Valve Work

A visit to Stuart Dempster's musical garage.

"Accidents of manufacture," Stuart Dempster calls them—objects that were never intended to make music, but out of which he can coax some startling noises. Like the Crystal Geyser water bottle cap, which when twisted becomes a loudly clacking rattle. Or the large rubber squeeze toy in the shape of a hamburger, which Dempster prods and mangles into emitting long raucous squeals and twitters. Or a yard-long plastic sewer pipe, his concert-hall substitute for the Australian didgeridoo (which he prefers to use only in authentic Aboriginal music), producing the same otherworldly buzzing drone.

Or the abandoned 2-million-gallon underground cistern at Fort Worden, near Port Townsend, with a magical 45-second reverb time that stretches any note into a seemingly endless plane of sound. It was the site for the trombonist's best-known recording, 1989's Deep Listening (New Albion), a high point of a career spent exploring just what the term "music" can embrace.

Dempster turned 70 on July 7, and birthday celebrations covering nearly a year will climax Sunday at Town Hall with Dempster Diving, a two-and-a-half-hour music-party gathering of friends, colleagues, and mentorees, who will play all over the building, including in the two main performance spaces. Participants will include Trimpin, the Degenerate Art Ensemble, clarinetist William O. Smith, dancer Sheri Cohen, fellow toy-o-phile Susie Kozawa, and others who've been inspired by Dempster's virtuosity, wit, and adventurousness.

Dempster will play a bit, but mostly just sit back and "honorificate," he says, enjoying music written by, for, and about him. Most of his work has a theatrical, even comic side, like the piece he wrote for unicycling trombonist Nathaniel Oxford called Caprice. The trombone's "directional" quality—its ability to point and focus sound like a flashlight beam—makes it a natural for spatial effects, so Oxford will circle the aisles within and behind the audience, cycling on and off Town Hall's stage via specially built ramps.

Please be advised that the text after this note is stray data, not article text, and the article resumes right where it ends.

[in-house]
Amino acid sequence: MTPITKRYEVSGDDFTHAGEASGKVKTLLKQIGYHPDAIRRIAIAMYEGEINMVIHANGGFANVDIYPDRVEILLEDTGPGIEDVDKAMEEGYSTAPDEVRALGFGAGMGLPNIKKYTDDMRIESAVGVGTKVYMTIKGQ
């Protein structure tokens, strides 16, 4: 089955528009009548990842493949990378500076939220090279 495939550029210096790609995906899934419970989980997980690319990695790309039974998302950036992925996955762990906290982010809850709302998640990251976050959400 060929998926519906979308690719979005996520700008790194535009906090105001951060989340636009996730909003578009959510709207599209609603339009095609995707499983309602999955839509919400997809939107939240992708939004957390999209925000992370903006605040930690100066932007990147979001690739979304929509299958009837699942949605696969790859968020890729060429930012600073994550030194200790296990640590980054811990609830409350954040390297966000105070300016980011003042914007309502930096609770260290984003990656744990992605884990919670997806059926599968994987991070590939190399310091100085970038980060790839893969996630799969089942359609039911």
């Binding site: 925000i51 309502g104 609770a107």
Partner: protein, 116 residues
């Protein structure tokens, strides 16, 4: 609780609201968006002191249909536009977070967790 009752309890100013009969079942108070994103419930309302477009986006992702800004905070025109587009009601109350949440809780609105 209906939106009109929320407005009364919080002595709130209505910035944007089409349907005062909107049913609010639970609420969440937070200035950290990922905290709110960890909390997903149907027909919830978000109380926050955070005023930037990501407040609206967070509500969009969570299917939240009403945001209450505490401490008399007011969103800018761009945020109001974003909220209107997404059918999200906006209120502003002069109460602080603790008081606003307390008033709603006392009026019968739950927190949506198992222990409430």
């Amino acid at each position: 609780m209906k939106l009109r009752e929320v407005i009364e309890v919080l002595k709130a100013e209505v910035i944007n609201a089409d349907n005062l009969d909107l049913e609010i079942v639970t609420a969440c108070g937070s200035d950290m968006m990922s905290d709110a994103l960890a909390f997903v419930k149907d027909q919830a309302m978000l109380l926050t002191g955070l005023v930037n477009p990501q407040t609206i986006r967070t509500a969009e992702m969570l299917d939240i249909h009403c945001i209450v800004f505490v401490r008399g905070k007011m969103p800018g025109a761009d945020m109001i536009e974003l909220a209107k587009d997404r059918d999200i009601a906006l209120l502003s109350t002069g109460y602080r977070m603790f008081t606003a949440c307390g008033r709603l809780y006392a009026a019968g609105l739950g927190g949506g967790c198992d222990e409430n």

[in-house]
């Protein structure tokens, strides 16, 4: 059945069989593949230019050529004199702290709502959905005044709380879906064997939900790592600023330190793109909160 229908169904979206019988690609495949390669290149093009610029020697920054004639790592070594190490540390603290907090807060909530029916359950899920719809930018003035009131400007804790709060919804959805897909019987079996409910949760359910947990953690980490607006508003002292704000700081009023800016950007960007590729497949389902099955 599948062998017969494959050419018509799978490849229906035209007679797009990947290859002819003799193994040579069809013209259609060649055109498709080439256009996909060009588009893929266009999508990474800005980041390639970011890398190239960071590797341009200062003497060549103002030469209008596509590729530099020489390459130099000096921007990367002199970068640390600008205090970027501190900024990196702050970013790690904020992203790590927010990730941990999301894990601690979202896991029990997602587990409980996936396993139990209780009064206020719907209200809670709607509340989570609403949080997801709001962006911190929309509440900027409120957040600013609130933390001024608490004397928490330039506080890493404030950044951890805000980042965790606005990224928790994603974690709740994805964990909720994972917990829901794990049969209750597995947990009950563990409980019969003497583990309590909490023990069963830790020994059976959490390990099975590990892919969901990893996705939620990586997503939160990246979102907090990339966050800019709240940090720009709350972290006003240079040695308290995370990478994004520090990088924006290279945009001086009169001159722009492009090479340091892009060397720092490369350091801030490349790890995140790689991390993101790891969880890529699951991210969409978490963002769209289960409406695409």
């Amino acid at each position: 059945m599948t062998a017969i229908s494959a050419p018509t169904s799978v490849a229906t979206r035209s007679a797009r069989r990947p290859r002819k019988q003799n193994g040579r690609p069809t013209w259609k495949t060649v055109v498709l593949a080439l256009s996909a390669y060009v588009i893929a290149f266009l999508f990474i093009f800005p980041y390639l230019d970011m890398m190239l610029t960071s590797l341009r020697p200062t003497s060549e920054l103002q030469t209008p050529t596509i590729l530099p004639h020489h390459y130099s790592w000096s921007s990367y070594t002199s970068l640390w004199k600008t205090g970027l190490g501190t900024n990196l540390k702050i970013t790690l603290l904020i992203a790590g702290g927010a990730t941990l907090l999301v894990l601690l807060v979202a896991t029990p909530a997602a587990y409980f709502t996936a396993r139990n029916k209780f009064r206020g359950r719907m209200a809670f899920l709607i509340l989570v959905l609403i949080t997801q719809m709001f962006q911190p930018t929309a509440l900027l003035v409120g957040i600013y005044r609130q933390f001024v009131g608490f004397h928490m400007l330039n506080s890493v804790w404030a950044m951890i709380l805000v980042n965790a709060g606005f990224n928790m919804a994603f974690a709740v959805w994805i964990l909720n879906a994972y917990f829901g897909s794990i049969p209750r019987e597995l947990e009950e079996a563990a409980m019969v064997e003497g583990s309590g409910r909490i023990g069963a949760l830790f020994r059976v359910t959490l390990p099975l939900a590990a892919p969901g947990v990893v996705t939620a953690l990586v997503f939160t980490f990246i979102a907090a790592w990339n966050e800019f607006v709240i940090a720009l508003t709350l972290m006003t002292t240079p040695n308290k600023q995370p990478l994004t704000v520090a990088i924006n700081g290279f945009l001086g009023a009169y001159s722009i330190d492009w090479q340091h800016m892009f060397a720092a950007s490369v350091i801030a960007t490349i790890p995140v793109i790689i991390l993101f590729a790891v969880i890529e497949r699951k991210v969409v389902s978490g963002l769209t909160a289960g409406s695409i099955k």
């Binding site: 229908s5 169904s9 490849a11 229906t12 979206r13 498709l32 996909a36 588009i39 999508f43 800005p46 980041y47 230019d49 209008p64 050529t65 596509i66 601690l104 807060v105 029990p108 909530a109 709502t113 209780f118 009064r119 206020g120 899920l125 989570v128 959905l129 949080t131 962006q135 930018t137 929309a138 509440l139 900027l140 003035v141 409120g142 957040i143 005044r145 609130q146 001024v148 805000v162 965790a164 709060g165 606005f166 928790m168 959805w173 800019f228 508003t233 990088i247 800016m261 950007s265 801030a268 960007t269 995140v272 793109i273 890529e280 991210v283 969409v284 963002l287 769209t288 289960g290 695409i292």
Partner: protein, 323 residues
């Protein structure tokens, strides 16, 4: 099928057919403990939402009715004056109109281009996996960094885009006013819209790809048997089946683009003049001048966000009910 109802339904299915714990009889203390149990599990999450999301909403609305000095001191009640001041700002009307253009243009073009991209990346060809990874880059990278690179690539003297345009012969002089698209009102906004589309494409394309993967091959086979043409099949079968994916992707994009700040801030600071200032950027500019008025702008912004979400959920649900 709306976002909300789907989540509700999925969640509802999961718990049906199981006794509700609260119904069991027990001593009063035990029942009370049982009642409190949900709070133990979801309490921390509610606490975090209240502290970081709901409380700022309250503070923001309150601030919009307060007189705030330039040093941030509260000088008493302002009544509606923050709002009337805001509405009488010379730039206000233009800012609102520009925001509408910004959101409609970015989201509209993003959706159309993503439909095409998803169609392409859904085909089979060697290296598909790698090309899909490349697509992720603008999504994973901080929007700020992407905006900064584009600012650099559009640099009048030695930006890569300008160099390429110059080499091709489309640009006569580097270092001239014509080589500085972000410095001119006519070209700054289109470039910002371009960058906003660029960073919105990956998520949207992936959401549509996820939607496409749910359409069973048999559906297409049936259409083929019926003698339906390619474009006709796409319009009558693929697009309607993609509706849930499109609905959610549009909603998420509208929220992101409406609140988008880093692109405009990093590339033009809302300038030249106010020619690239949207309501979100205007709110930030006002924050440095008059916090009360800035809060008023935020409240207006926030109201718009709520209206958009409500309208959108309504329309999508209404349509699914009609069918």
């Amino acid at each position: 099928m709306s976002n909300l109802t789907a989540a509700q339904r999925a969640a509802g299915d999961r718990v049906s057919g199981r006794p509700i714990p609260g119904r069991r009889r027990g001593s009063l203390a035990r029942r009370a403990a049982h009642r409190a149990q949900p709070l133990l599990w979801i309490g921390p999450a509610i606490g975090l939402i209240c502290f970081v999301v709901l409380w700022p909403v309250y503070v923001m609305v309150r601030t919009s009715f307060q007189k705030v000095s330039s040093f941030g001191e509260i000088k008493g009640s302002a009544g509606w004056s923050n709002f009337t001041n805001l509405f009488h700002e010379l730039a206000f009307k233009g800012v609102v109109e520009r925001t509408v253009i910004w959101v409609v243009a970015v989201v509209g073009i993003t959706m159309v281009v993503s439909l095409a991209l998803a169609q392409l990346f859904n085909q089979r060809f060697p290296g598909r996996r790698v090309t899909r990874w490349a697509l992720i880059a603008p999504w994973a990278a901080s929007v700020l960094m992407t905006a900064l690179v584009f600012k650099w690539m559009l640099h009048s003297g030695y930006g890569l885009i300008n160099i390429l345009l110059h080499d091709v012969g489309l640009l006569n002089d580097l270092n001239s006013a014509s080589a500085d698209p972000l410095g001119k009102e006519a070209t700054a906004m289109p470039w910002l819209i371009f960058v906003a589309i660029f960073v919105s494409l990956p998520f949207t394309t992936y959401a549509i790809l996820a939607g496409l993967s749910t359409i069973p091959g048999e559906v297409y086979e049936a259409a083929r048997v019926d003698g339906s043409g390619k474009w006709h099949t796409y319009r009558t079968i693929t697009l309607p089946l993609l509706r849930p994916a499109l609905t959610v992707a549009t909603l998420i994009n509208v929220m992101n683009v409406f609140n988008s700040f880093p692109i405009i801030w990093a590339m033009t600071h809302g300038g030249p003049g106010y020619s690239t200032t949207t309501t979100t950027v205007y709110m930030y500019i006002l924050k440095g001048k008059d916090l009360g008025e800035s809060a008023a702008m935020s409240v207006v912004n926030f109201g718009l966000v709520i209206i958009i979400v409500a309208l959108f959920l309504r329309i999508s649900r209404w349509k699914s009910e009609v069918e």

At his quiet house on a tree-lined Wedgwood side street, Dempster showed me his collection of curious sound makers. First, a pair of dung chen, Tibetan horns made of brass and nickel that telescope to about 7 feet in length. From there to the chirps of a toy cell phone and the squawks of a plastic bike horn—Dempster's removed the bulb and blows into it directly. Under the living-room grand piano sits a battered brass contraption; it couldn't be—yep, it's an ophicleide, an instrument in vogue around 1840 until it was replaced in the orchestra by the more reliable tuba. A friend lent it to see what Dempster, ever game, could get out of it. After a few coarse blats, and some clicks from its ridiculously cumbersome key mechanism, we understand instantly why it became obsolete.

A fairly conventional musical upbringing— piano lessons, school band—was jolted by a band director at the Bay Area's El Cerrito High, a "nutcase," Dempster recalls brightly, who turned his students on to Spike Jones and organized "an after-school jazz band that was about 20 years ahead of its time." This led to a stint in the Oakland Symphony, participation in the Columbia recording of Terry Riley's minimalist landmark In C, and, in 1968, the trombone professorship at the University of Washington, where he literally wrote the book on the instrument's avant-garde capabilities (The Modern Trombone: A Definition of its Idioms, 1979).

As an improviser and composer—"sound gatherer" is the term he prefers—Dempster has retained the enthusiasm and curiosity many musicians seem to have lost by graduate school. He relishes introducing listeners to new sounds—"That'll clean a few ears," he says of his Caprice—but his work is never about aggression, the enlightened bestowing superior wisdom on the proles. He beckons rather than confronts. Let's see where this leads, he seems to say. The Town Hall lineup is testament to what an engaging guide he's always been on these trips to the unknown.

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